It’s about time the activists running the shows in various states come clean. They’ve been allowed to dance around the issue for too long. Labeling is a red herring. If they feel gmos are so dangerous, then why stop at labeling?

The final takeaway was that, given my non-confrontational conversations, save Liver Guy, I’ve come to believe the fanatical, fire-breathing,  anti-gmo crackpots on the interwebs are just that, crazy keyboard jockeys who have no relation to  their real world counterparts. And that’s the depressing thing. (Although, I have a sneaking suspicion Liver Guy is one of those people and he escaped from the basement. Earlier in our conversation he said he wasn’t there to debate, but to “impart information. Not to discuss or debate, but impart” )

I want the anti-gmo crowd to be this one-dimensional cartoon. It would make it much easier to dismiss them.  Instead, they’re nice, friendly, smart, well-meaning dumbasses. Just the kind of people I could hang around with and well, pretty much do.

Oh, I almost forgot Illuminati Guy. I had no clue what the hell he was talking about, except the fact we were the only ones who are hearing this information. I’m not quite sure what that information is, but I am one of the lucky few outside the Illuminati that knows it.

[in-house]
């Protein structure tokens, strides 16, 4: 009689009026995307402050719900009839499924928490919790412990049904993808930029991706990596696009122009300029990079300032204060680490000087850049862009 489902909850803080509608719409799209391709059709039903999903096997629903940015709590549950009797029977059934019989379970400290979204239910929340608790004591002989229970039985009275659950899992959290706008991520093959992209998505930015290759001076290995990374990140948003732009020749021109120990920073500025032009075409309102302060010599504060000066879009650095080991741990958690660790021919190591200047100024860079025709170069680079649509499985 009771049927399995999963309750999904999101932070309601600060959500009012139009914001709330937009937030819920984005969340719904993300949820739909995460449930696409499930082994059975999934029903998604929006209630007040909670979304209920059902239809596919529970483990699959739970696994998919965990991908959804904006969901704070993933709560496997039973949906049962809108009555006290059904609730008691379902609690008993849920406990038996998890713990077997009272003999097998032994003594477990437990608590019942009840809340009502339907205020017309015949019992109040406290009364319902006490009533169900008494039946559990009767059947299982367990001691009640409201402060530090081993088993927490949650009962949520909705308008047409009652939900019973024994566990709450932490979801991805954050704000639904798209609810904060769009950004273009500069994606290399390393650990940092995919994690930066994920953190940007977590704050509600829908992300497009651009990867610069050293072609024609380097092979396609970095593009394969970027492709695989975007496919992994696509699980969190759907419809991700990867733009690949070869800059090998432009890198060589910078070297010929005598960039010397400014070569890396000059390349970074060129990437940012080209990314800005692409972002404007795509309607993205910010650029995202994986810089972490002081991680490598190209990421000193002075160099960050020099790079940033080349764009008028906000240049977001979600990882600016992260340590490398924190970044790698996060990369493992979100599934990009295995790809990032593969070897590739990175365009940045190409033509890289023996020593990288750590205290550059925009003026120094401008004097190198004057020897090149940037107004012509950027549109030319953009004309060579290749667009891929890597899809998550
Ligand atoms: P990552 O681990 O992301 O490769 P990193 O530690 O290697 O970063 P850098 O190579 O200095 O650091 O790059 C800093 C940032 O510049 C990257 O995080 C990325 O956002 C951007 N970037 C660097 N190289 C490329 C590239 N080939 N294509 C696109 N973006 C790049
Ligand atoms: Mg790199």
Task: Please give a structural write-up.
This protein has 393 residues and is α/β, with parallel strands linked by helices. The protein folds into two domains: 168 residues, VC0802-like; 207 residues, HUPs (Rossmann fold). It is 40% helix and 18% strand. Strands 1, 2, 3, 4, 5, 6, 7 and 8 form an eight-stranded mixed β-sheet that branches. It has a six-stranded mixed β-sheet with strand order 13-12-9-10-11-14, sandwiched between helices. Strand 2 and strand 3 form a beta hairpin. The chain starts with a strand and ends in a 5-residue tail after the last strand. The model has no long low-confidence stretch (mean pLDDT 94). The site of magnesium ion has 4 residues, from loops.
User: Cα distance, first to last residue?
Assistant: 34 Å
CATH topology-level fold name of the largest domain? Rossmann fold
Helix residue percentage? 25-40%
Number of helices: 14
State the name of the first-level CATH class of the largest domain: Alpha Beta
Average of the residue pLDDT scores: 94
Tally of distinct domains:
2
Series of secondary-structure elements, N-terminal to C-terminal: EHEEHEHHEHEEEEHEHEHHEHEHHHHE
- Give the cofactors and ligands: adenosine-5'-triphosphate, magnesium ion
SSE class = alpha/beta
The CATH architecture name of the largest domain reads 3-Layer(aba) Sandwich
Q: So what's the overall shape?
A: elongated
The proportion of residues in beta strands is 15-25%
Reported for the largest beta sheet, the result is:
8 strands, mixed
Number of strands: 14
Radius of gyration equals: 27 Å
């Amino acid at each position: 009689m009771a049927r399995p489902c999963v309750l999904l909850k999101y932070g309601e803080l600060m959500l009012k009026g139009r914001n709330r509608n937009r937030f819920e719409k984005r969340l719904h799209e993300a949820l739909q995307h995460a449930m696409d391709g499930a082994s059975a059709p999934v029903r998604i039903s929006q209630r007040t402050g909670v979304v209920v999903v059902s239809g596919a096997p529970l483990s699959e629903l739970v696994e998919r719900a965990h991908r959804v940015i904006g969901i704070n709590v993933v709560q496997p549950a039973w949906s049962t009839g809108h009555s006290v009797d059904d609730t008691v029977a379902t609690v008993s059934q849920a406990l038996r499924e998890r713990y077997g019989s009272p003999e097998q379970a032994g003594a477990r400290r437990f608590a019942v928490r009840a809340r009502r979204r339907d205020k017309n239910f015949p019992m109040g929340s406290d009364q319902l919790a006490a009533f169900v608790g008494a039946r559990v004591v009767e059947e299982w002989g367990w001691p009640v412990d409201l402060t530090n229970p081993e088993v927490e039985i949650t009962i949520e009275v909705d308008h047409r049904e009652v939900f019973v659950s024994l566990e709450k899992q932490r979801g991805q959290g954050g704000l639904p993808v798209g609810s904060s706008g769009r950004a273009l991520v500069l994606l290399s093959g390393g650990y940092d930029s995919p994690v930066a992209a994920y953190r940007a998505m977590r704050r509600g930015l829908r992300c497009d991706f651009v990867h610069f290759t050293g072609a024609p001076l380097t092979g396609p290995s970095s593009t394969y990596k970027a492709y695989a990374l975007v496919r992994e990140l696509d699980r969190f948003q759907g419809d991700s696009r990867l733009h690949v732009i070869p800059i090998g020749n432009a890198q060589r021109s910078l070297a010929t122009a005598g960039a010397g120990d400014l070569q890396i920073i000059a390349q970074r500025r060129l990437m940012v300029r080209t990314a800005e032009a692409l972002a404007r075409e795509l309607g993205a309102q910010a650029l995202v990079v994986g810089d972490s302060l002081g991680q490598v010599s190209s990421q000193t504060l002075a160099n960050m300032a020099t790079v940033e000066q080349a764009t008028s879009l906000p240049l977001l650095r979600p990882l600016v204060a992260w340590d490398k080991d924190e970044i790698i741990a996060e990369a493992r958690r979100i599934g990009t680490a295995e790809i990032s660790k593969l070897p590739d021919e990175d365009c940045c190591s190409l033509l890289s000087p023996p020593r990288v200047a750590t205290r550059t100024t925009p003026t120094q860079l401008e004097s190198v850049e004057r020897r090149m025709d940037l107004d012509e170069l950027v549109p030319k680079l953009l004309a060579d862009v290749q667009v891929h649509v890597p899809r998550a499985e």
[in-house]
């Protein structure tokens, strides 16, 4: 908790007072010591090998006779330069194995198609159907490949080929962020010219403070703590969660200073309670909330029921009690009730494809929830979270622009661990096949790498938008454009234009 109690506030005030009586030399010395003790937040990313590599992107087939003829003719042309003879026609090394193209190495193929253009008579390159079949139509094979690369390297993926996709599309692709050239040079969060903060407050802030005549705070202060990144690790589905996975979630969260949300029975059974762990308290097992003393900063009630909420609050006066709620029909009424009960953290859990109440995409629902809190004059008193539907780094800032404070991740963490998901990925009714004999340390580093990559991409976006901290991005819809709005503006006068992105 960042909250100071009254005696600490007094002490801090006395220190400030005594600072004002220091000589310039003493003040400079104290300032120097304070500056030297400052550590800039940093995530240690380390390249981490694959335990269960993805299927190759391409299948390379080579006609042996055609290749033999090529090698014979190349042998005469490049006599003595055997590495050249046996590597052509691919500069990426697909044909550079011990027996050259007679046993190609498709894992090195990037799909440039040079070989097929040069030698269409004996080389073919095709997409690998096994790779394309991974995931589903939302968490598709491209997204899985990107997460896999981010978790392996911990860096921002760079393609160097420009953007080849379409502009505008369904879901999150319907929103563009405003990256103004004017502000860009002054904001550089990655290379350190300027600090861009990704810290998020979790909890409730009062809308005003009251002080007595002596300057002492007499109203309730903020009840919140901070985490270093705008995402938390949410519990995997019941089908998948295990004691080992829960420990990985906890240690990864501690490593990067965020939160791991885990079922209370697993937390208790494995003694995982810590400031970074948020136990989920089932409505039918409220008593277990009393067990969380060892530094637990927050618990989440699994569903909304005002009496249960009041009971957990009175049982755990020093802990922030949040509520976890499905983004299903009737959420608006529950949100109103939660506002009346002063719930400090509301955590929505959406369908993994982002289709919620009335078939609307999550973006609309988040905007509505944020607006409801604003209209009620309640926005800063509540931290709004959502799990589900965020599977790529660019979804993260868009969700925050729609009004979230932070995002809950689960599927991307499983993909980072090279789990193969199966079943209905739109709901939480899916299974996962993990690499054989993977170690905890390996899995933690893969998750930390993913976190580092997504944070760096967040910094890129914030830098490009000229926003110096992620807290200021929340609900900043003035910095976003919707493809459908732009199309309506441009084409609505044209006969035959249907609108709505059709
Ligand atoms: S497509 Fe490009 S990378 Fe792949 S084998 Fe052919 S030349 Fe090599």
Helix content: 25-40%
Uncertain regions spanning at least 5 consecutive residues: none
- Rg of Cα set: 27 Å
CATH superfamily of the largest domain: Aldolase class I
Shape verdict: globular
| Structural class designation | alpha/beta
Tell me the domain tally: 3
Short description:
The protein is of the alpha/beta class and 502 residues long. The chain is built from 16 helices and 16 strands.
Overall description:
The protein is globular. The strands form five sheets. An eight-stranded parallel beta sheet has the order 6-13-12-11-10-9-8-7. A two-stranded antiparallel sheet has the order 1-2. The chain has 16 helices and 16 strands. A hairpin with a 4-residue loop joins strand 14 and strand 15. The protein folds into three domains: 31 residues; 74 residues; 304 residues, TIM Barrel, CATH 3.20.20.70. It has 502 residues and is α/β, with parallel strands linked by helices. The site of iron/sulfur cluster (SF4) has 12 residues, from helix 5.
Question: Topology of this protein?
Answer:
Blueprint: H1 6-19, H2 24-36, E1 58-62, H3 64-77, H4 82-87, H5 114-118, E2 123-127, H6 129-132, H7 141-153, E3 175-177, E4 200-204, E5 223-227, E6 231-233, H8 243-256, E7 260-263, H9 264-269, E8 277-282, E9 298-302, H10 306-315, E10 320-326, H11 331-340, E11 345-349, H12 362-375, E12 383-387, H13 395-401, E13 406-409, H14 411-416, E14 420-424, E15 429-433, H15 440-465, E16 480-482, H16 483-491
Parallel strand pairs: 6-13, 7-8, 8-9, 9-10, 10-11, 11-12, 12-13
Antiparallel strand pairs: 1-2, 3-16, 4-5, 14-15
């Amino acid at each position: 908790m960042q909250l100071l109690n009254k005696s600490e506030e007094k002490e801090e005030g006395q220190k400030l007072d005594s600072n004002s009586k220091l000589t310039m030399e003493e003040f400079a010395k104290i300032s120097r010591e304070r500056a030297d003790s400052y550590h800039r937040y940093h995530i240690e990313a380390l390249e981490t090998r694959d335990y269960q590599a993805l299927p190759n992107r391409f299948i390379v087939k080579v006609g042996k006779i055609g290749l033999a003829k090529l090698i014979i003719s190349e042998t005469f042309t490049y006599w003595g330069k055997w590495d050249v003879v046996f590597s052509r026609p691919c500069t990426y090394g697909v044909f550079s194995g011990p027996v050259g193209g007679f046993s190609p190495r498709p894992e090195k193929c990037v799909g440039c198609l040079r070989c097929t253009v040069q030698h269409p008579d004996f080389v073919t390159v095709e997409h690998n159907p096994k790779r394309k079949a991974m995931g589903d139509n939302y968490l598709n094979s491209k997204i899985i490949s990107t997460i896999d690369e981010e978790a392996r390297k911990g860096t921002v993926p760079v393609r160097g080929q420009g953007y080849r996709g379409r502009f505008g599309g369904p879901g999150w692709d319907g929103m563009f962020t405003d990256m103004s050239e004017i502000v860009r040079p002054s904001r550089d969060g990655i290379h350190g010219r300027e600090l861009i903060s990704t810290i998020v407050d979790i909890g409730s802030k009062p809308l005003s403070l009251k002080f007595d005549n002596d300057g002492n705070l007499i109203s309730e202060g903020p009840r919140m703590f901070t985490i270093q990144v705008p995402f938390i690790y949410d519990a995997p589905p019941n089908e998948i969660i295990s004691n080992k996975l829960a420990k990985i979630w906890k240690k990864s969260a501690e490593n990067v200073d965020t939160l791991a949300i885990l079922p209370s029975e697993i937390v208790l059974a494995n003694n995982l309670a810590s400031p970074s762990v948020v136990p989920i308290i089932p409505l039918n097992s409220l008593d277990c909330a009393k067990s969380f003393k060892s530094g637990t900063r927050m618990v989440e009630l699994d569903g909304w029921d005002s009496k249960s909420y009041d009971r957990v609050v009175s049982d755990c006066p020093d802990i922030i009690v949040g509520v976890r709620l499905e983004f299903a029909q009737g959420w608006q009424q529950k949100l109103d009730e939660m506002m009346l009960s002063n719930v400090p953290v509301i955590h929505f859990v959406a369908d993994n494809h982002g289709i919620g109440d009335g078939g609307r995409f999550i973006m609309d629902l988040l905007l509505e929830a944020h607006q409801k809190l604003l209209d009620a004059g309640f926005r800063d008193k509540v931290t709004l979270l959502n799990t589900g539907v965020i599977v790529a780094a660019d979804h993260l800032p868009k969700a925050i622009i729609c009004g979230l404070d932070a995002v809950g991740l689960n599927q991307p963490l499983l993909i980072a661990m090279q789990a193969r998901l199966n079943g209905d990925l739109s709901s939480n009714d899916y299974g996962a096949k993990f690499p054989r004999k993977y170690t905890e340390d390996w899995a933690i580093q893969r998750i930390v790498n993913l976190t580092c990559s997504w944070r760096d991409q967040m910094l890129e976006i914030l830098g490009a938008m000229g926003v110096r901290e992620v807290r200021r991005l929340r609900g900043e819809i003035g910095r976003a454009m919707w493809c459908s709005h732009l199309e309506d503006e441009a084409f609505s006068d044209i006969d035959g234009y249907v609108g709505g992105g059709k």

9 thoughts on “March against Monsanto: NYC version

  1. Oh, the wheat thing… Seriously, Jack and Judy need to be chastised really harshly for this. It will persist forever in the minds of the fearful and the clueless. They actually caused people to think their kids will die and their genomes will change.

    But I don’t think they are well meaning. I think they think they have secret knowledge (not just Illuminati guy). Like Maggie Koerth-Baker said the other day:

    “If you know the truth and others don’t, that’s one way you can reassert feelings of having agency,” Swami says. It can be comforting to do your own research even if that research is flawed. It feels good to be the wise old goat in a flock of sheep.